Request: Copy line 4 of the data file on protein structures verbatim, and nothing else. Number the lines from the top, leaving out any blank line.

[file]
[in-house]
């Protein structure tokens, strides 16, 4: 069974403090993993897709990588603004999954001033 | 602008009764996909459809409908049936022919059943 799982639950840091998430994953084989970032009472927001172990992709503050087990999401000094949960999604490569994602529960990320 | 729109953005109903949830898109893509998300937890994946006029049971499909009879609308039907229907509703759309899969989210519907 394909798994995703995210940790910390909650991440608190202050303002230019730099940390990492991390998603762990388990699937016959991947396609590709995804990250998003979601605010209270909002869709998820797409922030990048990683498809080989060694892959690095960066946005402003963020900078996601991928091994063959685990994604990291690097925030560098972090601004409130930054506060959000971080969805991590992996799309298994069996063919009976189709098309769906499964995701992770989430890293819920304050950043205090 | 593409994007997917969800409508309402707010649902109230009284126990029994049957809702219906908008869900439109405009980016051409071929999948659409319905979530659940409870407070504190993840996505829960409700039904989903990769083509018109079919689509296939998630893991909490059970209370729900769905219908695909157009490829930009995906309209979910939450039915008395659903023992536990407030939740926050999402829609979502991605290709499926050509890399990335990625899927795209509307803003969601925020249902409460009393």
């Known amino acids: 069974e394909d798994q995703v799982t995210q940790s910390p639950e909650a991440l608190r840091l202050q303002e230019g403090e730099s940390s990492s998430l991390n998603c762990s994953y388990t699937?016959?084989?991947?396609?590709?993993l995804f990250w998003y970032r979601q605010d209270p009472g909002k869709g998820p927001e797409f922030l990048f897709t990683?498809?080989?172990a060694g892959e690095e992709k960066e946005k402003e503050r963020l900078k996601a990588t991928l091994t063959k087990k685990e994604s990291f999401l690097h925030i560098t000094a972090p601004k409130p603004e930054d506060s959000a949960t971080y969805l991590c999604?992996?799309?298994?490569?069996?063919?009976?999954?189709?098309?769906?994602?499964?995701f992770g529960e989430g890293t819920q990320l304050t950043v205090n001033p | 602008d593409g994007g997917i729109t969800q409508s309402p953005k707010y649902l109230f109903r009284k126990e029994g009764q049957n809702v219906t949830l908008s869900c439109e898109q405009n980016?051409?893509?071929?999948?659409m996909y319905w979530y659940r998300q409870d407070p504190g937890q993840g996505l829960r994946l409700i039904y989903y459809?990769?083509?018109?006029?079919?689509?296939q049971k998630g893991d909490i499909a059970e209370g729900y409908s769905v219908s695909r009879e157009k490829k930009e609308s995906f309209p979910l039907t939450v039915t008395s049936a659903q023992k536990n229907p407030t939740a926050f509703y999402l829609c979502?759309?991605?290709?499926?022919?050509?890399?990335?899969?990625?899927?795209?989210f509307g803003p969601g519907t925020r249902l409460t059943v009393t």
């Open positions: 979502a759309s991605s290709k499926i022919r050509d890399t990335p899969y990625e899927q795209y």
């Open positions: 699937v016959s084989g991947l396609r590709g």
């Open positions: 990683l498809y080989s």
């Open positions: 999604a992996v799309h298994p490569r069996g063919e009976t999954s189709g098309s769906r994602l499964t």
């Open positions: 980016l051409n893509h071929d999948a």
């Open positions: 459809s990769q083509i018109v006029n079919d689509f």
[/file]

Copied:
């Open positions: 979502a759309s991605s290709k499926i022919r050509d890399t990335p899969y990625e899927q795209y």